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Distinct Patterns of PD-L1 and PD-L2 Expression By Tumor and Non-Tumor Cells in Patients with MM, MDS and AML

Monique Dail, Long Yang, Cherie Green, Connie Ma, Alberto Robert, Edward E. Kadel, Harmut Koeppen, Joanne Adamkewicz, John Byon, Joseph Woodard, Scott J Rodig and Jeffrey M Venstrom

Abstract

Introduction:Programmed death-ligand 1 (PD-L1) contributes to tumor escape from immune surveillance by binding to programmed death-1 (PD-1), a negative regulator of T-cell responses. PD-L1 is expressed by both tumor cells and immune cells in the tumor microenvironment. In contrast, the role of PD-L2 in tumor immunity is unclear. To better understand the contribution of PD-L1/L2 to immune escape in marrow-based hematologic malignancies, we used multi-color flow cytometry and immunohistochemistry (IHC) to characterize cell-specific PD-L1/PD-L2 expression in patients with multiple myeloma (MM), myelodysplastic syndrome (MDS) and acute myelogenous leukemia (AML).

Results:PD-L1 was detectable (> 2% positive cells) in 100% of patients, with distinct disease-specific patterns. PD-L1 was expressed most widely in MM, predominantly by malignant plasma cells (median, 95% of plasma cells; n = 5) and lymphocytes (median, 12% of marrow lymphocytes; n = 5). In contrast, in MDS and AML, PD-L1 was more commonly expressed by non-tumor hematopoietic cells: MDS median, 36% of CD34− myeloid precursors and 47% of lymphocytes (n = 13) vs 12% of CD34+ myeloid blasts; AML median, 19% of CD34− myeloid precursors and 26% of lymphocytes (n = 7) vs 16% of CD34+ myeloid blasts were PD-L1+. A higher proportion of CD8+ T cells expressed PD-L1 compared with CD4+ T cells in all 3 malignancies: the CD8:CD4 ratio for PD-L1+ T cells was 3.02 in MM (n = 11), 1.92 in MDS (n = 10), and 1.29 in AML (n = 7). PD-L2 expression was largely absent in AML and MDS (< 2% of CD34+ blasts or lymphocytes expressed PD-L2 (n = 13 MDS and n = 7 AML) but was expressed in a subset of patients with MM on plasma cells (median, 18%; n = 5) but not lymphocytes (< 2%). Across all indications on both tumor cells and lymphocytes, PD-L1 was expressed by a larger fraction of cells than PD-L2 (AML: CD34+ blasts, P < .01 and lymphocytes, P = .005 [n = 7]; MDS: CD34+ blasts, P < .01 and lymphocytes, P = .0001 [n = 13]; MM: plasma cells, P = .03 and lymphocytes, P = .04 [n = 5]). These results were confirmed in a distinct set of 16 cases of primary AML analyzed independently, with detectable PD-L1 expression on myeloid blasts in 14 of 16 cases (88%) without co-expression of PD-L2 (0 of 16 cases). Comparisons of flow cytometry and IHC revealed that some IHC methods may underestimate the prevalence of PD-L1/PD-L2 in marrow-based hematologic malignancies, and results comparing different methods for detecting PD-L1/PD-L2 in the bone marrow will be presented.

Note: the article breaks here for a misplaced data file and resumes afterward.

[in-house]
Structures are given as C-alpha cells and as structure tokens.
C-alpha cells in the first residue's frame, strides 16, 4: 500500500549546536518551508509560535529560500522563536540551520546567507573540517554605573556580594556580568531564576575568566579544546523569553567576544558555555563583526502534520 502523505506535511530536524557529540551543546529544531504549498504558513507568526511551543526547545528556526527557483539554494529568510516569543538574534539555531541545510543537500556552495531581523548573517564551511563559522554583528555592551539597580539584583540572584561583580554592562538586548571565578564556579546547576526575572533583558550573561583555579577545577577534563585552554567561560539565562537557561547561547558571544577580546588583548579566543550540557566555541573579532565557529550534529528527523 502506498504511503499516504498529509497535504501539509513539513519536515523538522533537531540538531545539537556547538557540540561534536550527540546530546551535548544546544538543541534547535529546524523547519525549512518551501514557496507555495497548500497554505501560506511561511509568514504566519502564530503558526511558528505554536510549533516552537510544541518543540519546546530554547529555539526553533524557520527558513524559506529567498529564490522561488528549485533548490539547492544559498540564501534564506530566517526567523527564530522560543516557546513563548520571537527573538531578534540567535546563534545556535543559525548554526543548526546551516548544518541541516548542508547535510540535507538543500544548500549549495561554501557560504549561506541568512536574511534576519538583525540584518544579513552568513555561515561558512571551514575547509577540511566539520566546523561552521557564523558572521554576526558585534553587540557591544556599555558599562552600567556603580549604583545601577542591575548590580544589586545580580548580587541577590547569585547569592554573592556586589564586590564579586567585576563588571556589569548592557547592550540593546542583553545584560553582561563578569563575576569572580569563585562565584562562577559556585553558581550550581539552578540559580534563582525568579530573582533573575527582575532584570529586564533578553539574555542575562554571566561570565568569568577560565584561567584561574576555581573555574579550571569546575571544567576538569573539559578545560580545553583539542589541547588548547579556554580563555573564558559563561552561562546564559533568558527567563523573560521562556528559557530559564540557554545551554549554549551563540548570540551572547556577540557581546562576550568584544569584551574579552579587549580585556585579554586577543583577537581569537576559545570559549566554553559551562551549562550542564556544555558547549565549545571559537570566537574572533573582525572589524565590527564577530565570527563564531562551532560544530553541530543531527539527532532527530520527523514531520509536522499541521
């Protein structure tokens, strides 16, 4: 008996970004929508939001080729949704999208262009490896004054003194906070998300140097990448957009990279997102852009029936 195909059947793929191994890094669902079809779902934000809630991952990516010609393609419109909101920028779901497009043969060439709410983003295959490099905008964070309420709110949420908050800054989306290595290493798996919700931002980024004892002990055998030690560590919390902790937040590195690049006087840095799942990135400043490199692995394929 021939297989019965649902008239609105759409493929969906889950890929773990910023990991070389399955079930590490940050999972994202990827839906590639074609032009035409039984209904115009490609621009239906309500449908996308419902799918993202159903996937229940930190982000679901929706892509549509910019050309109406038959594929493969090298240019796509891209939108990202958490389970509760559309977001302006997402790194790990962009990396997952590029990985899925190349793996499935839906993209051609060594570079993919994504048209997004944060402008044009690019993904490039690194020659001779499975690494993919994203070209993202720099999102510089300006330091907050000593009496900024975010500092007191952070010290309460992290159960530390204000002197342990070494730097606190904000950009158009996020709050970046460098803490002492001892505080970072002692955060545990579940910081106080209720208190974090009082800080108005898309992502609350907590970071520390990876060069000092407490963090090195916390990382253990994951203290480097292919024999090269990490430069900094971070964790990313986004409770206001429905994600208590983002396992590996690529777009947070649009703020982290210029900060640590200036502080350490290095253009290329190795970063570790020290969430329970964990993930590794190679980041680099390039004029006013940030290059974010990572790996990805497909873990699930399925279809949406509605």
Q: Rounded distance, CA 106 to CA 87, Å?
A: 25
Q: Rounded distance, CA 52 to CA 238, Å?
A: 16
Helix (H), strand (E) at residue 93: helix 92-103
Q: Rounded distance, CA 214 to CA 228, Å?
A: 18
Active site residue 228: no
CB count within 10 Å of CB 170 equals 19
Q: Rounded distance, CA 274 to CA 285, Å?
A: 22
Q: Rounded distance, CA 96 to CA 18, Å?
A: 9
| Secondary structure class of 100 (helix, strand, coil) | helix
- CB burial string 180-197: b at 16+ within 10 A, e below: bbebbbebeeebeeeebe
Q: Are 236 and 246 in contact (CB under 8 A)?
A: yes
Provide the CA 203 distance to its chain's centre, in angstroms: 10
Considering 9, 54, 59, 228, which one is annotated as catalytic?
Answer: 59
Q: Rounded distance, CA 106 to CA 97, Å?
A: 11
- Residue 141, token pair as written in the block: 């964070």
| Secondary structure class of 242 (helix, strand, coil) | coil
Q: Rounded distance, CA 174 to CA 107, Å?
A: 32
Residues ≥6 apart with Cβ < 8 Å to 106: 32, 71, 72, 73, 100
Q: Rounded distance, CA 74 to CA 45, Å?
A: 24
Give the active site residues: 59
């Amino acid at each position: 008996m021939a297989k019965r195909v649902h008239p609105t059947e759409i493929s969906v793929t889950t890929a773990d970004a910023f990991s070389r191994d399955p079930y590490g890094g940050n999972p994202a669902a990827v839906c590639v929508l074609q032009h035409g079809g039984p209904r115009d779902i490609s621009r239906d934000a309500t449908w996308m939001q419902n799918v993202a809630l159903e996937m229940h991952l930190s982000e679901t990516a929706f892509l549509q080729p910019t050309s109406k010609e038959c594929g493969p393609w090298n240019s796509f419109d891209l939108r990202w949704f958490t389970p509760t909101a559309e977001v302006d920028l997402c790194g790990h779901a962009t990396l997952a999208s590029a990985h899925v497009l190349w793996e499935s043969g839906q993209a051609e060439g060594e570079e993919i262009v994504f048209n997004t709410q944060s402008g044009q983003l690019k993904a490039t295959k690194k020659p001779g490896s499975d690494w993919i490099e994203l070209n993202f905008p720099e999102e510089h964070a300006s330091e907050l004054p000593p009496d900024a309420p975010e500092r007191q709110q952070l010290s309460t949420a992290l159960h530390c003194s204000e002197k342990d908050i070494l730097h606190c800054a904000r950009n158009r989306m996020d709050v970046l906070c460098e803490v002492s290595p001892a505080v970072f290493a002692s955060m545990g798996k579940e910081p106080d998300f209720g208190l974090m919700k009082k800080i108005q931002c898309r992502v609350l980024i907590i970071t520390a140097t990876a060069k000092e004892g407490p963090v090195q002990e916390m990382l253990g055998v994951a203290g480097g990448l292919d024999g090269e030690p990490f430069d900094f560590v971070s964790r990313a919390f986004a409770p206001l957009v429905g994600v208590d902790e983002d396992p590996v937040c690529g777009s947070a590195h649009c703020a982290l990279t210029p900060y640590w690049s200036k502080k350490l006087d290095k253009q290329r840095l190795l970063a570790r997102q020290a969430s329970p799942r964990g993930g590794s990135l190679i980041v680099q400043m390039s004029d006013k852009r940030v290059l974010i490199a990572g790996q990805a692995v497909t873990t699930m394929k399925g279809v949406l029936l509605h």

Conclusions:PD-L1 is highly prevalent in MM, MDS and AML, with significant expression by non-tumor hematopoietic cells, particularly CD8+ T cells. PD-L2 expression was largely absent in myeloid diseases but detectable in MM. Interestingly, PD-L1 expression was most common on tumor cells in MM and on non-tumor hematopoietic cells in MDS, whereas expression on non-tumor and tumor cells in AML was comparable. These data support clinical development of anti-PD-L1/PD-1 therapies in MM, MDS and AML. Future analyses will determine whether different patterns of PD-L1 expression are associated with clinical efficacy.

Authors M Dail, L Yang, S Rodig, and J Venstrom contributed equally to this work.

Disclosures Dail: Genentech, Inc.: Employment. Green: Genentech, Inc.: Employment. Ma: Genentech, Inc.: Employment. Robert: Genentech, Inc.: Employment. Kadel: Genentech, Inc.: Employment. Koeppen: Roche: Employment, Equity Ownership. Adamkewicz: Genentech, Inc.: Employment. Byon: Genentech, Inc.: Employment. Woodard: Genentech, Inc.: Employment. Rodig: Bristol-Myers Squibb: Honoraria, Research Funding; Perkin Elmer: Membership on an entity's Board of Directors or advisory committees. Venstrom: Genentech: Employment.

  • * Asterisk with author names denotes non-ASH members.